In one case a 4-year-old girl was left routinely in the care of her grandmother while the birth mother was in and out of prison. The grandmother was ill and bedridden, leaving the girl mostly to fend for herself on a daily basis. The birth mother eventually tested positive for illegal substances while having custody of and in the presence of her daughter.
A question of the girl's paternity arose, and waiting on genetic testing delayed the eventual adoption.
A birth mother of five children lost custody due to her habitual substance abuse. She refused to receive rehabilitation for her addictions or seek help for her assorted mental conditions. Her behavior was erratic, and she would hallucinate to the point of there being danger to the children; she attempted various methods of exorcism on the youngest boy, whom she said was possessed.
In cases where children have been harmed by their biological parents it's usually best to put the child into some type of counselling to deal with the feelings they have and to help them realize that not all adults are trying to hurt them. In adoptive cases, it can be really hard to establish trust with kids from abusive homes, but once trust is established you have to work hard to maintain that relationship.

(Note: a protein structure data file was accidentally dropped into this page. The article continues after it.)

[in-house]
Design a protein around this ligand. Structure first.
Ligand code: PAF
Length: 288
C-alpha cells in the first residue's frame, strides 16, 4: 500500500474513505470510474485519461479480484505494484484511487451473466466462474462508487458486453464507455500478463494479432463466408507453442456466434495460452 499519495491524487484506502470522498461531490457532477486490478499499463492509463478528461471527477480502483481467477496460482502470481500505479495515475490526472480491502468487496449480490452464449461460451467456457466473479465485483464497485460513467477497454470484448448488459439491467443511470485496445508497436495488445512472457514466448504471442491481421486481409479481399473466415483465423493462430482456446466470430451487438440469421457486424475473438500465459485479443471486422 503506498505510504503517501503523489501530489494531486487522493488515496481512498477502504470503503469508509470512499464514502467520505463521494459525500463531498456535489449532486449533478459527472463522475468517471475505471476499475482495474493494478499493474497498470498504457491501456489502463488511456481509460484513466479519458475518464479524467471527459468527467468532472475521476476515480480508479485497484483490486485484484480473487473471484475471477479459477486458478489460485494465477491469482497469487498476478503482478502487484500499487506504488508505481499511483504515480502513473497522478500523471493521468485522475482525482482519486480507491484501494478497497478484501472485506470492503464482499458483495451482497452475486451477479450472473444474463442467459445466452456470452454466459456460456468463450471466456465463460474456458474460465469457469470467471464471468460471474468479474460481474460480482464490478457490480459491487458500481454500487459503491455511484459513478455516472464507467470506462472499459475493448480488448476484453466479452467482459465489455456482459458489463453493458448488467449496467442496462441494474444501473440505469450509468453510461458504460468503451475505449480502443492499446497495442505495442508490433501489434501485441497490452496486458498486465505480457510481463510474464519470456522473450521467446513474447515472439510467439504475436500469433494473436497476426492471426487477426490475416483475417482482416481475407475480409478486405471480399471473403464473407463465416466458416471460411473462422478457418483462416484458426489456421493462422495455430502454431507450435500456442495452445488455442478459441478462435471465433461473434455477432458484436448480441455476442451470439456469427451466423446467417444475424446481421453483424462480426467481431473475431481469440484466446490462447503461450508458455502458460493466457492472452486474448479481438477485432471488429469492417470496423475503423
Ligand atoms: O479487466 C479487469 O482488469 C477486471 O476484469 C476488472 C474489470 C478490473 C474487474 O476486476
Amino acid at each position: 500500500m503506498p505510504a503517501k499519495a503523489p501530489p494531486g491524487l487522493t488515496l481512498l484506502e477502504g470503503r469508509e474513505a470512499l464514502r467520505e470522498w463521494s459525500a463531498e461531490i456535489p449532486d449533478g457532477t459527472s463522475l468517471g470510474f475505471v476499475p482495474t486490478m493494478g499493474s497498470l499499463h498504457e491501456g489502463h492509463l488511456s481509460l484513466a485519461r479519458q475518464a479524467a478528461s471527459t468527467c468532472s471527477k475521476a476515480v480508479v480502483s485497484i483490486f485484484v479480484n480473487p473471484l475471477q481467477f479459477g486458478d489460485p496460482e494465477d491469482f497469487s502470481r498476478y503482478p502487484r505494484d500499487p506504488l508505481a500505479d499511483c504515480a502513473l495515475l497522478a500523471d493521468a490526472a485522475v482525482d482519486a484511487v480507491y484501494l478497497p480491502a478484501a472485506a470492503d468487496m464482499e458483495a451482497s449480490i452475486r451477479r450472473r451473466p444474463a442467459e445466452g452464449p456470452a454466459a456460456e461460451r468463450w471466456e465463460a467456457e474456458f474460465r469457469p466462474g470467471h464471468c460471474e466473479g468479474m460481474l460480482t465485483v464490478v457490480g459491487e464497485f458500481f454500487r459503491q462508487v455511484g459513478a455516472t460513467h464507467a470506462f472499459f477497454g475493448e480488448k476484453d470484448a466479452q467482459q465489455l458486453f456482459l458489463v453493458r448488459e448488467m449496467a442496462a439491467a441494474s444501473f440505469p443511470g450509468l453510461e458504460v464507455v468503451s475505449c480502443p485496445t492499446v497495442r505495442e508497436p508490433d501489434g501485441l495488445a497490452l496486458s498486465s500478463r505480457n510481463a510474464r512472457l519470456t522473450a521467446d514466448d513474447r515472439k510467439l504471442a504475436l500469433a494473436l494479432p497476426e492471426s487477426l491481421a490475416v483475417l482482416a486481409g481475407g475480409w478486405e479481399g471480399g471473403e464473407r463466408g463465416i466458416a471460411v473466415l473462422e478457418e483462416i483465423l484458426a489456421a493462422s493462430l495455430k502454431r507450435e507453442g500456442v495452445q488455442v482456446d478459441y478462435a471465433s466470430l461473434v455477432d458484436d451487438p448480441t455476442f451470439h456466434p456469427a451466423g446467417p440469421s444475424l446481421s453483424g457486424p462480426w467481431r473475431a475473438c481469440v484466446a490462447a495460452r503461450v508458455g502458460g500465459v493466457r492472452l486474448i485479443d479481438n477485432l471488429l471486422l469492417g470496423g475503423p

Complaints were made to social services about the living conditions and loud partying in a home that included a 3-year-old girl. Moldy food remnants, hoarding of trash, pet and vermin feces, and drug paraphernalia were all found piled up throughout the entire habitation, leaving hardly even any floor space for walking.
The child had rashes and sores all over her body from poor hygiene. Children who come from a neglect background may have pervasive health issues and could be more likely to catch illnesses when they go around. Being in contact with a good physician can stop the children from getting seriously ill.